The Department of Justice announced January 6, that Dmitrij Harder, former owner and President of Chestnut Consulting Group Inc. and Chestnut Consulting Group Co. (generally referred to as the “Chestnut Group”) was indicted by a federal grand jury for his alleged participation in a scheme to pay bribes to a foreign official in violation of the Foreign Corrupt Practices Act (FCPA) and the Travel Act, and to launder proceeds of those crimes.
According to allegations in the indictment, the European Bank for Reconstruction and Development (EBRD) was a multilateral development bank headquartered in London, England, and was owned by over 60 sovereign nations. Among other things, the EBRD provided financing for development projects in emerging economies, primarily in Eastern Europe.
According to allegations in the indictment, Harder and others paid bribes for the benefit of a senior official at the EBRD in exchange for influencing the official’s actions on applications for financing submitted by the Chestnut Group’s clients and for directing business to the Chestnut Group. The EBRD ultimately approved applications for financing from two of the Chestnut Group’s corporate clients; the first resulted in the EBRD providing an $85 million investment and a 90 million Euro loan, while the second resulted in a $40 million investment and a $60 million convertible loan. The Chestnut Group allegedly earned approximately $8 million in “success fees” as a result of the EBRD’s approval of these two applications.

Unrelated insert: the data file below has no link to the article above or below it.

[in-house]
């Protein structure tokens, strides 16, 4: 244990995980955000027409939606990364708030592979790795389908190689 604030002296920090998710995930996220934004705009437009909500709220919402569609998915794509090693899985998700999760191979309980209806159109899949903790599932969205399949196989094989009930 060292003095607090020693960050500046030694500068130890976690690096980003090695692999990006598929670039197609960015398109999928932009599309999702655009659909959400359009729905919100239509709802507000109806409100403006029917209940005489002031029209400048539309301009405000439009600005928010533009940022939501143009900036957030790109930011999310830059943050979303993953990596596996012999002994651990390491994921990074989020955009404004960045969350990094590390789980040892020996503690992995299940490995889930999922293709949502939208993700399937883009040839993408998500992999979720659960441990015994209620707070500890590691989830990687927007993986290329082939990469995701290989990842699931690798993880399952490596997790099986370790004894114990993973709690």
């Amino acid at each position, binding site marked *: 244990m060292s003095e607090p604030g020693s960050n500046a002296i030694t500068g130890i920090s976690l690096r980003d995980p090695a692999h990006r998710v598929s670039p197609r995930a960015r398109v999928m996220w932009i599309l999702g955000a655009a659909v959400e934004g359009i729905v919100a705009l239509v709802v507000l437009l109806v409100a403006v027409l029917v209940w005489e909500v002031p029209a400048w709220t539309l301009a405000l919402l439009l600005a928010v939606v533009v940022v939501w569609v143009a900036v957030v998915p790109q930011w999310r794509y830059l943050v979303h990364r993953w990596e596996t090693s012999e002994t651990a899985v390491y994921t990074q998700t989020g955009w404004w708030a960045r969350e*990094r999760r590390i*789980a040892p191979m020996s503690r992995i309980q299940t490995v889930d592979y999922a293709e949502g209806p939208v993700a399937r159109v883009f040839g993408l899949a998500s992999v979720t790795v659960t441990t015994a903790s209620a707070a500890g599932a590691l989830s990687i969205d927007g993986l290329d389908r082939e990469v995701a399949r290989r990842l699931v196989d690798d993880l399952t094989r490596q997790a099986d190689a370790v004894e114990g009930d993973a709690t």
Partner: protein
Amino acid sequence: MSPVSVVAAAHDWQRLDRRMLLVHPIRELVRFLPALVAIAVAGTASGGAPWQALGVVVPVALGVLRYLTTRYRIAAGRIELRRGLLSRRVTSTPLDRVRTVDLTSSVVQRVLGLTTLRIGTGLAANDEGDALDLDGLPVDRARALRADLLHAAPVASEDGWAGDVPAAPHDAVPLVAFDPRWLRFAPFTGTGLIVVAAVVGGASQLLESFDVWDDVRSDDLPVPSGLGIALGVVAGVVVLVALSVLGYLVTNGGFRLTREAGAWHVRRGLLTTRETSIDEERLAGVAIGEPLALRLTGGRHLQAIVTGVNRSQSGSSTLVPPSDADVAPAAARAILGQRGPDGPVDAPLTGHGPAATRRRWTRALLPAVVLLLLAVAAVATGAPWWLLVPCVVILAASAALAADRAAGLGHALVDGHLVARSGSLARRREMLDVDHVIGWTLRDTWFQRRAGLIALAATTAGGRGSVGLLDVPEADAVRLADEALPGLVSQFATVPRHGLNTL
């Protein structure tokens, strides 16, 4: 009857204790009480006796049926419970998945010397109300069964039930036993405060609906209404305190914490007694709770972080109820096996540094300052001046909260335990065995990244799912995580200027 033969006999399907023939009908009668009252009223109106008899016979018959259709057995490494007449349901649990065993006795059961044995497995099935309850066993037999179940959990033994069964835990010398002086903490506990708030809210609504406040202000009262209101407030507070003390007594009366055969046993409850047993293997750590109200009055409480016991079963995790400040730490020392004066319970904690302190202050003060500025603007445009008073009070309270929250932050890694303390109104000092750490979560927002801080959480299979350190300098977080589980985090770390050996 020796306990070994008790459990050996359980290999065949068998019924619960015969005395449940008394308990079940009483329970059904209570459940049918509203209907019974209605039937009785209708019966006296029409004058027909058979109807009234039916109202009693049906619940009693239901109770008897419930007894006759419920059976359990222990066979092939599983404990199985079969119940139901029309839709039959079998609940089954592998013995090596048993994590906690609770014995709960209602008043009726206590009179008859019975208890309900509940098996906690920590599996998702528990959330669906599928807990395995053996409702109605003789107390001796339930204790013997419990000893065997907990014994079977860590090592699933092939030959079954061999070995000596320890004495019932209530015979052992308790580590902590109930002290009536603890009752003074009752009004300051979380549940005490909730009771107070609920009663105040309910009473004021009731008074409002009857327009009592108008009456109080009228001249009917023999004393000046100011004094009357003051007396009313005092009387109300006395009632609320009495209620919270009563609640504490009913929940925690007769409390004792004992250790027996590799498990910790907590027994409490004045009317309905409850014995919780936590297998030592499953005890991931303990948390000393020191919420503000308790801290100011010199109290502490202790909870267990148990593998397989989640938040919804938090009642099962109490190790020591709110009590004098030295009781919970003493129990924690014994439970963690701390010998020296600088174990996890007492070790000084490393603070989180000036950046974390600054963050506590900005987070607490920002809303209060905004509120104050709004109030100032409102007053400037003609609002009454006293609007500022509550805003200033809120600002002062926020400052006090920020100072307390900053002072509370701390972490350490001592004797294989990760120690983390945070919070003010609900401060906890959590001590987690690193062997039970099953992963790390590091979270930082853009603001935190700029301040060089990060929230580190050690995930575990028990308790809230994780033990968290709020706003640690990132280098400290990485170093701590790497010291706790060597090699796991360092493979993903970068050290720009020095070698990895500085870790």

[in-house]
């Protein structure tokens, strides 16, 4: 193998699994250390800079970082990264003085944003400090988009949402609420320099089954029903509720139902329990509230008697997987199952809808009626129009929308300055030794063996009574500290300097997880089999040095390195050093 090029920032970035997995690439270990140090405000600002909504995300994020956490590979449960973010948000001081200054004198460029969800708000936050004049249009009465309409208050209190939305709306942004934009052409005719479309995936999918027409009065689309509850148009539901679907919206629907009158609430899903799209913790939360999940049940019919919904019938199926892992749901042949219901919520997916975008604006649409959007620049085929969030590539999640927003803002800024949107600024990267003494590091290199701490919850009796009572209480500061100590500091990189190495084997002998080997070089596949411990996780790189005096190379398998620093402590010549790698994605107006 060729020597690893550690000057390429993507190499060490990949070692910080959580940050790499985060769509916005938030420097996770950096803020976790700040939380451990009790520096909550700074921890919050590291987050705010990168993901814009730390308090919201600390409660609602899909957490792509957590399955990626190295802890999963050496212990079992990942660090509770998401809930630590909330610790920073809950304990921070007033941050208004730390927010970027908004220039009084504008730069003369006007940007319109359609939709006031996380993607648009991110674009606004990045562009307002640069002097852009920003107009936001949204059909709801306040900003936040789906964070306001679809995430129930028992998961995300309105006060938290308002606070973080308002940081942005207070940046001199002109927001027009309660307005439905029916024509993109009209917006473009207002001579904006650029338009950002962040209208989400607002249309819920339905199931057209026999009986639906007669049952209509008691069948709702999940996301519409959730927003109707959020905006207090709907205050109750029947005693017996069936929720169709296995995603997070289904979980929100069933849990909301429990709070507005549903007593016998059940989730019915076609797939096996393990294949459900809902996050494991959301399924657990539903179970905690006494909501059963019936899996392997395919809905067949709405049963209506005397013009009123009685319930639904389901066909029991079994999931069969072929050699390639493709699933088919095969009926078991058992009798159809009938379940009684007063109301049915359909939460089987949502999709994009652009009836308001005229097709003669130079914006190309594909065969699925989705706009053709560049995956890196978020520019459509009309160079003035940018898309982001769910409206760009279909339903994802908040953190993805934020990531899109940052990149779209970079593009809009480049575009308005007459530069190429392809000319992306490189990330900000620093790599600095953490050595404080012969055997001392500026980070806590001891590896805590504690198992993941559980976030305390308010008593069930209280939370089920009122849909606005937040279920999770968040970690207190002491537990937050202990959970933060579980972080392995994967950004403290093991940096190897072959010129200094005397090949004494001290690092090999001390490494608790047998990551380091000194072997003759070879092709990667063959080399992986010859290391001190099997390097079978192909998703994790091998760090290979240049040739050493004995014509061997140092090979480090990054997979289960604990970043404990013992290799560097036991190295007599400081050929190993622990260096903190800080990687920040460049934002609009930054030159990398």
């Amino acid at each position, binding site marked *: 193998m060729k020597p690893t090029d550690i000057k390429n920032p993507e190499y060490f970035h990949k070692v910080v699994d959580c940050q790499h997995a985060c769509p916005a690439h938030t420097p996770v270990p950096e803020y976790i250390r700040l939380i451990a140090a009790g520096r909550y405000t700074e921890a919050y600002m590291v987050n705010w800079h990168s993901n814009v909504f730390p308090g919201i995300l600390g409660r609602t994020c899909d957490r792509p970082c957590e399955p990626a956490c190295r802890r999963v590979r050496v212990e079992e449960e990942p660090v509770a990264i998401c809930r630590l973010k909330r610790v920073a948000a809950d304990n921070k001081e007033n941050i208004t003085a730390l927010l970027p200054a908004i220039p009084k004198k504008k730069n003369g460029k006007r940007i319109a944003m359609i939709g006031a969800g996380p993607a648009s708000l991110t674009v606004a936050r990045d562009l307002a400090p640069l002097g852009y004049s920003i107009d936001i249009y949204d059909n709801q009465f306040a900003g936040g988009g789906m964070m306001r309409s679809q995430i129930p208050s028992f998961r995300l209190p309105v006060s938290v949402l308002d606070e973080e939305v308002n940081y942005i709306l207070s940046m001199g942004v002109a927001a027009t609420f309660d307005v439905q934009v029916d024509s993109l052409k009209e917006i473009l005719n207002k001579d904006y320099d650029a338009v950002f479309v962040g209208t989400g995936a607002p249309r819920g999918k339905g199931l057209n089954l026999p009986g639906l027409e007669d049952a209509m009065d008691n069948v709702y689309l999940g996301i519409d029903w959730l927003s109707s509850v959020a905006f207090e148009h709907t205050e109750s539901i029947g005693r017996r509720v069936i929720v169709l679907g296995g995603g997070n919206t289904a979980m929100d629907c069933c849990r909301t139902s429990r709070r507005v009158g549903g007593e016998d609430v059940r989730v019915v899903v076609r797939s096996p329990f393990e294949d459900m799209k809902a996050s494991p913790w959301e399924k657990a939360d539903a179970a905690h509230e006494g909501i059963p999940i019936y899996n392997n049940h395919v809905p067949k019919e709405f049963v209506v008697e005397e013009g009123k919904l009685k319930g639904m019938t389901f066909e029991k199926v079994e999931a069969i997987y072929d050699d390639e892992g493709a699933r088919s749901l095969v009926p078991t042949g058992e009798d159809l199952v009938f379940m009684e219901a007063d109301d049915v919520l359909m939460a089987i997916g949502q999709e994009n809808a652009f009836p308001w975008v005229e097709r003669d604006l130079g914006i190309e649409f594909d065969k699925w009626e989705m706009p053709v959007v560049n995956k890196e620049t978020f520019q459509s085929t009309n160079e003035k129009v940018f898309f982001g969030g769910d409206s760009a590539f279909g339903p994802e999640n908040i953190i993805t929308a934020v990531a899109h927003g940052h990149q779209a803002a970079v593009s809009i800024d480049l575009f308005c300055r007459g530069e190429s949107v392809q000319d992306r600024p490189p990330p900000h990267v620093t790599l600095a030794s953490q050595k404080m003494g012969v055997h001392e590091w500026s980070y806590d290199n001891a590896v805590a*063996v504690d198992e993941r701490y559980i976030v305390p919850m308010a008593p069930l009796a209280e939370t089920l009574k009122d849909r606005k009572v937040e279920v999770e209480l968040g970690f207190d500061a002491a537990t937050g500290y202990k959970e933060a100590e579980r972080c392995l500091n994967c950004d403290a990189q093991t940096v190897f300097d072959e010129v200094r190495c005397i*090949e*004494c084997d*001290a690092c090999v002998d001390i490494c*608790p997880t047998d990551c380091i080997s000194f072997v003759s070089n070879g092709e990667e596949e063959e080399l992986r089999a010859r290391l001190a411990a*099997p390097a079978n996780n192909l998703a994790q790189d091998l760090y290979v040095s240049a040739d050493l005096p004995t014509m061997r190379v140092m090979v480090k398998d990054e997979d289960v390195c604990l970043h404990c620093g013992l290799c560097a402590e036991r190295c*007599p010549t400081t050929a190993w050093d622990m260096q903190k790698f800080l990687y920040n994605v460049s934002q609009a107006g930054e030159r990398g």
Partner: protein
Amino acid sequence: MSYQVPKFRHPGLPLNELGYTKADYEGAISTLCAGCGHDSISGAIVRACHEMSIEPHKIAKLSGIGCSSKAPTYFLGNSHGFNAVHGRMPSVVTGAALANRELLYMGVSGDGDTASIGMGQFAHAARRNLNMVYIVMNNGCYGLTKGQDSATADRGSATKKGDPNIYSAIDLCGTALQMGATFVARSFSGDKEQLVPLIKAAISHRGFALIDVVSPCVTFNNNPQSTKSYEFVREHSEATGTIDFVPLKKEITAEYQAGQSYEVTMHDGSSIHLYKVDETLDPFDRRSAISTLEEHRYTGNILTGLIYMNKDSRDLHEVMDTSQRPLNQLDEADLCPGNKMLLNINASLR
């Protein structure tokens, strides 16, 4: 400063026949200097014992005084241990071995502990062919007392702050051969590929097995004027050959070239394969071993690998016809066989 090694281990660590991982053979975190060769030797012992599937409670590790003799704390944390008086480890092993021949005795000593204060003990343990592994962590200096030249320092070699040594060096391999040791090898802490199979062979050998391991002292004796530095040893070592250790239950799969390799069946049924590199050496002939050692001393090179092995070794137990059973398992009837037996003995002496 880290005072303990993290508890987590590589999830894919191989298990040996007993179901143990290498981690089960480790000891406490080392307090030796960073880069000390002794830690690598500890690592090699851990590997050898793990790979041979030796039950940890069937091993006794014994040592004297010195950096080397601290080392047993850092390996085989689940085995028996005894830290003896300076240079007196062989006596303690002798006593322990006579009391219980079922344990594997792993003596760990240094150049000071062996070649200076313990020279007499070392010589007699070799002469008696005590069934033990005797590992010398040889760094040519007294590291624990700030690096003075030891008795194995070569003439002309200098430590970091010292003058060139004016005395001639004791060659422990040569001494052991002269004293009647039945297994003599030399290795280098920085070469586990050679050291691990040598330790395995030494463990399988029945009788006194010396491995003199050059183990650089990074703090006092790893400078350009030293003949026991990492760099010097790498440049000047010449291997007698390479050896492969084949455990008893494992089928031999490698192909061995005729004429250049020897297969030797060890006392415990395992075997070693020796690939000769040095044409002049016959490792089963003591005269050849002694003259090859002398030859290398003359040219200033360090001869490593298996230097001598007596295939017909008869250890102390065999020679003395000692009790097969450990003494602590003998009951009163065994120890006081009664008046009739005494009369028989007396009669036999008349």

The indictment alleges that Harder made five payments totaling more than $3.5 million to the sister of the EBRD official, in part as an effort to conceal the bribes. These payments were allegedly made for purported consulting and other services provided to the Chestnut Group by the official’s sister, when in fact she provided no such services. Harder also allegedly participated in creating fake documents to justify these payments.
The charges contained in the indictment are merely accusations, and the defendant is presumed innocent unless and until proven guilty. The Foreign Corrupt Practices Act is a federal law which mandates accounting transparency and prohibits companies from paying bribes to foreign government officials and political figures for the purpose of obtaining business. It is the first American law that gives full protection to foreign nationals for reporting bribes and contains extraordinary procedures for their protection.
Information on filing a whistleblower rewards claim under the Foreign Corrupt Practices Act
If you have knowledge of Foreign Corrupt Practices Act violations and would like to know how Kohn, Kohn & Colapinto can help you with your case, please contact us .